Ethnic Identity and Working Alliance in Psychology Supervisory Relationships
With the increasing percentage of non-mainstream (e.g., ethnically diverse) individuals studying and practicing psychology, research on race and ethnicity is critical towards understanding their role in professional development. Recent studies have demonstrated the importance of incorporating discussions of racial attitudes and culture in counseling supervision. Racial and ethnic identities have been suggested as potential facilitators or inhibitors in supervisory relationships. Racial identity (RI) development has been found to be related to supervisors' and supervisees perceptions of the supervisory working alliance. Supervisory dyads where both the supervisor and the supervisee have high levels of RI development have been found to have the strongest supervisory working alliance (i.e., most satisfied with the relationship). Conversely, dyads in which both members have low levels of RI development have been found to be the least satisfied with their relationship (Bhat & Davis, 2007; Ladany, Brittan-Powell, & Pannu, 1997). This study examined whether similar relationships exist between ethnic identity (EI) development and the supervisory working alliance. The sample included 164 participants, 68 supervisors and 96 supervisees. Analyses on supervisory dyads included 64 dyads, 57 supervisors and 60 supervisees. All participants completed the Ethnic Identity Scale to measure their level of El development. Supervisors and supervisees in supervisory dyads were assigned to interaction groups based on their level of EI development. Supervisors completed the Supervisory Working Alliance Inventory and supervisees completed the Supervisory Working Alliance Inventory - Trainee Version to measure the working alliance in counselor supervision. Results revealed that supervisors and supervisees did not differ significantly in their level of EI development. There was a significant difference found between supervisors and supervisees level of El affirmation (i.e., their feelings toward their ethnicity). In contrast to prior findings with RI development, a relationship was not found between EI development and the supervisory working alliance. Reliance on supervisor/supervisee self-report rather than their perceptions of each other's EI development may have contributed to disparate findings. In order to obtain less biased data, future studies should include participants' assessments on all of their supervisory relationships instead of allowing them to self-select individual supervisors/supervisees.^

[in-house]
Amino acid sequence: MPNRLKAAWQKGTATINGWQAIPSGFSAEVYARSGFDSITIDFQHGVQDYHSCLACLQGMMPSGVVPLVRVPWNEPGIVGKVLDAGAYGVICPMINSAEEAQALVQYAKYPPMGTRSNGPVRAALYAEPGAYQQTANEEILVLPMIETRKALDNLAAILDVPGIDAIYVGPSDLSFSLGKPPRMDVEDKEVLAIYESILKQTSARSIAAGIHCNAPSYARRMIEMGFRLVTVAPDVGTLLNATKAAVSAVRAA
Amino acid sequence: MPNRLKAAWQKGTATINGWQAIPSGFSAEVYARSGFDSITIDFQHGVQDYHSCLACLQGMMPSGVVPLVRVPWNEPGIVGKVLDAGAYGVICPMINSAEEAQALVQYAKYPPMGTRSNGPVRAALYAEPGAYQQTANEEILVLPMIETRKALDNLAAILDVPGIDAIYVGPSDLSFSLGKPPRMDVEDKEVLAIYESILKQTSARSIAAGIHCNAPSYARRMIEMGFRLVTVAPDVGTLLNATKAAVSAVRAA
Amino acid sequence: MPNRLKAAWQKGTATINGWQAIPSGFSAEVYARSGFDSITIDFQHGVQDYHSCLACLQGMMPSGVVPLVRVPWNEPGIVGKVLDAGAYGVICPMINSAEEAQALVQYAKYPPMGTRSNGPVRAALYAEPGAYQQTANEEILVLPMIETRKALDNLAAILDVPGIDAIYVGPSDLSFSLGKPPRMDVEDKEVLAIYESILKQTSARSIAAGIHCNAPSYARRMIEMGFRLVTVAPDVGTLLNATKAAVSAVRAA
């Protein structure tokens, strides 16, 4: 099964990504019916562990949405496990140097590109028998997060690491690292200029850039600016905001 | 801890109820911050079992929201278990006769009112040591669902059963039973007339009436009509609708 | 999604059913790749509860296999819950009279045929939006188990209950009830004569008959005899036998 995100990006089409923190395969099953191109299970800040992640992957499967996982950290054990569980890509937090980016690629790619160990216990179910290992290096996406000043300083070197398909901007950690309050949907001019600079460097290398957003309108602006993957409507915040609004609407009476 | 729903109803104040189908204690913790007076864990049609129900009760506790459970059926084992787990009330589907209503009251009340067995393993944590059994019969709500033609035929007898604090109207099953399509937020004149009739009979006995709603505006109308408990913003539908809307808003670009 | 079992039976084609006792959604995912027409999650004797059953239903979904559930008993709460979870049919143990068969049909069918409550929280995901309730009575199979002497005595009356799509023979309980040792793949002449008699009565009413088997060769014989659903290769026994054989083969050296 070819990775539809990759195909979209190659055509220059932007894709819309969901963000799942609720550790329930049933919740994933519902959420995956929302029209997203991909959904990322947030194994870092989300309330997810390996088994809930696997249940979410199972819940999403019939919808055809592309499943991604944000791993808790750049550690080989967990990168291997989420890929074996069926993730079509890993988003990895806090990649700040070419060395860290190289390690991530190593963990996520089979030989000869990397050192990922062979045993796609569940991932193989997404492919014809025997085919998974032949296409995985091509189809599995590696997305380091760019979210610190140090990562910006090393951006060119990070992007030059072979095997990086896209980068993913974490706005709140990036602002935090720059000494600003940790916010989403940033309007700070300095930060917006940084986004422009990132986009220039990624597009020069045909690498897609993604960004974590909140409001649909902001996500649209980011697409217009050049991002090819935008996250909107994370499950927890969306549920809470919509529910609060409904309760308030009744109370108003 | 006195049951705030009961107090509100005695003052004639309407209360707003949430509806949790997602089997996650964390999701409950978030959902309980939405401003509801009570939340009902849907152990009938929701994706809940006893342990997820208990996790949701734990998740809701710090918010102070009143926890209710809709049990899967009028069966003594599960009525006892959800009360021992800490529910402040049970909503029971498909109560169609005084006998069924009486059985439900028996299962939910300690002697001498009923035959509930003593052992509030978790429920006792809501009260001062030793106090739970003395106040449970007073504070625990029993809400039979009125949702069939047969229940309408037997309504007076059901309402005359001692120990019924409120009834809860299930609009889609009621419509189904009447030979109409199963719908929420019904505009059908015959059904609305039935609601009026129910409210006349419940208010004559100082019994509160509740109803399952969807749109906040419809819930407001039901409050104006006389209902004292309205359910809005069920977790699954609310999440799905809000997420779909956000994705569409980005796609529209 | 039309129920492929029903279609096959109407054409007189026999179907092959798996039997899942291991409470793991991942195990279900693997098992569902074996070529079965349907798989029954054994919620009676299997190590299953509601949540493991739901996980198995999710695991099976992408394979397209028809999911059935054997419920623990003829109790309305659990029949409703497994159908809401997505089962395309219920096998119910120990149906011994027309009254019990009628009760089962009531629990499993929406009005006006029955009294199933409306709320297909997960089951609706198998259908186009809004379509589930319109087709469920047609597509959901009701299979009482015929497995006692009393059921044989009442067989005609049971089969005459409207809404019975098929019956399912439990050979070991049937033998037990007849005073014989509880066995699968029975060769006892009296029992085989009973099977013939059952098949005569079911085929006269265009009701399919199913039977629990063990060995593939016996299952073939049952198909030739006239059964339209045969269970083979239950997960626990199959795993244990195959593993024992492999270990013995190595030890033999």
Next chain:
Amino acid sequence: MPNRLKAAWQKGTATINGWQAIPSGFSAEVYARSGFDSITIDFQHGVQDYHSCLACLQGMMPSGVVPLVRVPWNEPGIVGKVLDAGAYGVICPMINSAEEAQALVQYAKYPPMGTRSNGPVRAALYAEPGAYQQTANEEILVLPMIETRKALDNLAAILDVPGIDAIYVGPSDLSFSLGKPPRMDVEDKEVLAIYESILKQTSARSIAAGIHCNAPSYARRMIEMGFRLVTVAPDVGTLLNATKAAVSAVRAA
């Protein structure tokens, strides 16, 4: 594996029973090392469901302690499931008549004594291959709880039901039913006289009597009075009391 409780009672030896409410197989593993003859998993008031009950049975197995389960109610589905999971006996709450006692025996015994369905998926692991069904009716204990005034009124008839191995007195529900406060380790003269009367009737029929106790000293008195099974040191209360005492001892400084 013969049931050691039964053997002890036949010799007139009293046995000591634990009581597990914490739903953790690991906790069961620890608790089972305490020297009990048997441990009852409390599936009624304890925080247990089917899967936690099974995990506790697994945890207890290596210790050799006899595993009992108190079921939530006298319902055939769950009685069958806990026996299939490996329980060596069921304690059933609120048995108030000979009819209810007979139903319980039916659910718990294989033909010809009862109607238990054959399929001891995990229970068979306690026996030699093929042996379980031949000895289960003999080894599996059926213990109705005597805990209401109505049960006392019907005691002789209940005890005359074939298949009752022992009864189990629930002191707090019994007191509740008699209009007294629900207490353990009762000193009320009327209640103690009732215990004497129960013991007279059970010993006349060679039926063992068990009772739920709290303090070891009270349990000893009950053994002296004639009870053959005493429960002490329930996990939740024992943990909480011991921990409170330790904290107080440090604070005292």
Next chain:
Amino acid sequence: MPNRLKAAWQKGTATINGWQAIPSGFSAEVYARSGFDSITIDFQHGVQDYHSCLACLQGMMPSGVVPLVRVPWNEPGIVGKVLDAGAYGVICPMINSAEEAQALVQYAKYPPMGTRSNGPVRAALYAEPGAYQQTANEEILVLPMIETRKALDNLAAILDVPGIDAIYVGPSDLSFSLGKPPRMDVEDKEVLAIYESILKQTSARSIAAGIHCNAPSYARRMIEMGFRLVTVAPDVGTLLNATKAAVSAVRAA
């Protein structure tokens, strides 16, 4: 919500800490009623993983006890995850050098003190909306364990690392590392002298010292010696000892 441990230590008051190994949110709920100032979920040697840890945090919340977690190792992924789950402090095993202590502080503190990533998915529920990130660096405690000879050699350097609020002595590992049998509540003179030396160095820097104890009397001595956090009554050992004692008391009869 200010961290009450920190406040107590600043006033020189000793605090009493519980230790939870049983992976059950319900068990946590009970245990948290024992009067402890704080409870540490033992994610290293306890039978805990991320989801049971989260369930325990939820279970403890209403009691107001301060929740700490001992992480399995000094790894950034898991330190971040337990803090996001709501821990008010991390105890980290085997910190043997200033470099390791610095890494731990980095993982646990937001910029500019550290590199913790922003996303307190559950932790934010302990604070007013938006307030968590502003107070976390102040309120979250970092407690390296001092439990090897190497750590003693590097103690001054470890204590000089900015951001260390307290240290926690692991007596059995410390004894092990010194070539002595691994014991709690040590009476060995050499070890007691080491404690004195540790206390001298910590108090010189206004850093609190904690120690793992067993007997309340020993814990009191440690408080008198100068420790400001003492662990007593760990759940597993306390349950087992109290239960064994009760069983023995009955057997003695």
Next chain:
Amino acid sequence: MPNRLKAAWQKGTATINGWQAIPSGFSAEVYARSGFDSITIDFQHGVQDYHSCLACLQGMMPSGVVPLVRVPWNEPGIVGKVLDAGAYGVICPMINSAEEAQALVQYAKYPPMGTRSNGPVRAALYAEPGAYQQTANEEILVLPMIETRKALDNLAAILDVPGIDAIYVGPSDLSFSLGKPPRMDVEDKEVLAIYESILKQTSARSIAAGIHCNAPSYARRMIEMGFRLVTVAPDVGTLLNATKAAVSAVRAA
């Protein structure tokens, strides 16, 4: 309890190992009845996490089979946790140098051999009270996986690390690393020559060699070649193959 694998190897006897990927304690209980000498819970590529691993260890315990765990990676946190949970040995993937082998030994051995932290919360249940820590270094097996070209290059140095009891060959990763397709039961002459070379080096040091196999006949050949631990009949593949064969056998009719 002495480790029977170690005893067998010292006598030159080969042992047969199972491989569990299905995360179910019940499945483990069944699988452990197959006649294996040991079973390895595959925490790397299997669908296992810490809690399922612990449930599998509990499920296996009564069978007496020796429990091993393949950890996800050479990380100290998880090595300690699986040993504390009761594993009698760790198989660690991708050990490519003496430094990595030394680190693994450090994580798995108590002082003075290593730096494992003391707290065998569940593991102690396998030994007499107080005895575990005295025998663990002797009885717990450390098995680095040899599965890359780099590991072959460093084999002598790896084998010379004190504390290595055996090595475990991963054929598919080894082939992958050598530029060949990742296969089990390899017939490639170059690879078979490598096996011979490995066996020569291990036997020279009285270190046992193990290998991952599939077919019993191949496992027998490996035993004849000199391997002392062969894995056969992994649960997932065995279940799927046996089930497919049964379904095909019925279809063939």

"Ethnic Identity and Working Alliance in Psychology Supervisory Relationships"
(January 1, 2014).
ETD Collection for Pace University.